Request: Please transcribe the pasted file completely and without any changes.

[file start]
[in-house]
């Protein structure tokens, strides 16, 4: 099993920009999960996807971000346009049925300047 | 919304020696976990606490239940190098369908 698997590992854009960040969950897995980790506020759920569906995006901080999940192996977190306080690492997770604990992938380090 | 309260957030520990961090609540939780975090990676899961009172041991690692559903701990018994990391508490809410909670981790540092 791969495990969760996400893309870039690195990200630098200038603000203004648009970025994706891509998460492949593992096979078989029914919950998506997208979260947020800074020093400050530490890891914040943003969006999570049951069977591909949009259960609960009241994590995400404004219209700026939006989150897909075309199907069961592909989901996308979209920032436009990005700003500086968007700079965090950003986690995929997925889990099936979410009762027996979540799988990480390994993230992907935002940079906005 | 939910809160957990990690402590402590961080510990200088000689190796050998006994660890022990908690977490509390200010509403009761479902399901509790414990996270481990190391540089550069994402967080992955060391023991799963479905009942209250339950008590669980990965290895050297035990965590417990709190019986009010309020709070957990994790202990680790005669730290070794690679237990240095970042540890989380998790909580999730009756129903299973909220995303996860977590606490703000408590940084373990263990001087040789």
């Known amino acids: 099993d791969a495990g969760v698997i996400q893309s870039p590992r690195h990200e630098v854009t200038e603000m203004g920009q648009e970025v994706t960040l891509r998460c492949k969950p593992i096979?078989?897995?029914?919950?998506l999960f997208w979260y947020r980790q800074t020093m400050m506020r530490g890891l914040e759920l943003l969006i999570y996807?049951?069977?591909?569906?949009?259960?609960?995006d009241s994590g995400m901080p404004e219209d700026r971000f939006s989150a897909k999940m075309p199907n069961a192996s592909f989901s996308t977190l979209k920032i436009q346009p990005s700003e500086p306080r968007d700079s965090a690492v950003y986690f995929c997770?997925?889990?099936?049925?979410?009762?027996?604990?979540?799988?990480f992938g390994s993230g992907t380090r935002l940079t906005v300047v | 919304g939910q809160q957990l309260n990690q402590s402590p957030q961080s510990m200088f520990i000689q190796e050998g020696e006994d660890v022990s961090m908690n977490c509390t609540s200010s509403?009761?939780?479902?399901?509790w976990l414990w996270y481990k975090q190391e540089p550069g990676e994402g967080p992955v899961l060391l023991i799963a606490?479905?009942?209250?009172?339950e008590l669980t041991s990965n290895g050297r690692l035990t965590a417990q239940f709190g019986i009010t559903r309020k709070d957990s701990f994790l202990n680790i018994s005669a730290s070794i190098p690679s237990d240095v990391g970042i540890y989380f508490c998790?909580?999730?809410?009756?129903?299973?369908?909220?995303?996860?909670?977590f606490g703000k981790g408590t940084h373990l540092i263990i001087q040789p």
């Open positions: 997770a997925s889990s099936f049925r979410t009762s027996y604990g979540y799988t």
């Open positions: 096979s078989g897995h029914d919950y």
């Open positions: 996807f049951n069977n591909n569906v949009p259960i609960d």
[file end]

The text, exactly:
[in-house]
């Protein structure tokens, strides 16, 4: 099993920009999960996807971000346009049925300047 | 919304020696976990606490239940190098369908 698997590992854009960040969950897995980790506020759920569906995006901080999940192996977190306080690492997770604990992938380090 | 309260957030520990961090609540939780975090990676899961009172041991690692559903701990018994990391508490809410909670981790540092 791969495990969760996400893309870039690195990200630098200038603000203004648009970025994706891509998460492949593992096979078989029914919950998506997208979260947020800074020093400050530490890891914040943003969006999570049951069977591909949009259960609960009241994590995400404004219209700026939006989150897909075309199907069961592909989901996308979209920032436009990005700003500086968007700079965090950003986690995929997925889990099936979410009762027996979540799988990480390994993230992907935002940079906005 | 939910809160957990990690402590402590961080510990200088000689190796050998006994660890022990908690977490509390200010509403009761479902399901509790414990996270481990190391540089550069994402967080992955060391023991799963479905009942209250339950008590669980990965290895050297035990965590417990709190019986009010309020709070957990994790202990680790005669730290070794690679237990240095970042540890989380998790909580999730009756129903299973909220995303996860977590606490703000408590940084373990263990001087040789």
């Known amino acids: 099993d791969a495990g969760v698997i996400q893309s870039p590992r690195h990200e630098v854009t200038e603000m203004g920009q648009e970025v994706t960040l891509r998460c492949k969950p593992i096979?078989?897995?029914?919950?998506l999960f997208w979260y947020r980790q800074t020093m400050m506020r530490g890891l914040e759920l943003l969006i999570y996807?049951?069977?591909?569906?949009?259960?609960?995006d009241s994590g995400m901080p404004e219209d700026r971000f939006s989150a897909k999940m075309p199907n069961a192996s592909f989901s996308t977190l979209k920032i436009q346009p990005s700003e500086p306080r968007d700079s965090a690492v950003y986690f995929c997770?997925?889990?099936?049925?979410?009762?027996?604990?979540?799988?990480f992938g390994s993230g992907t380090r935002l940079t906005v300047v | 919304g939910q809160q957990l309260n990690q402590s402590p957030q961080s510990m200088f520990i000689q190796e050998g020696e006994d660890v022990s961090m908690n977490c509390t609540s200010s509403?009761?939780?479902?399901?509790w976990l414990w996270y481990k975090q190391e540089p550069g990676e994402g967080p992955v899961l060391l023991i799963a606490?479905?009942?209250?009172?339950e008590l669980t041991s990965n290895g050297r690692l035990t965590a417990q239940f709190g019986i009010t559903r309020k709070d957990s701990f994790l202990n680790i018994s005669a730290s070794i190098p690679s237990d240095v990391g970042i540890y989380f508490c998790?909580?999730?809410?009756?129903?299973?369908?909220?995303?996860?909670?977590f606490g703000k981790g408590t940084h373990l540092i263990i001087q040789p």
């Open positions: 997770a997925s889990s099936f049925r979410t009762s027996y604990g979540y799988t």
């Open positions: 096979s078989g897995h029914d919950y």
């Open positions: 996807f049951n069977n591909n569906v949009p259960i609960d």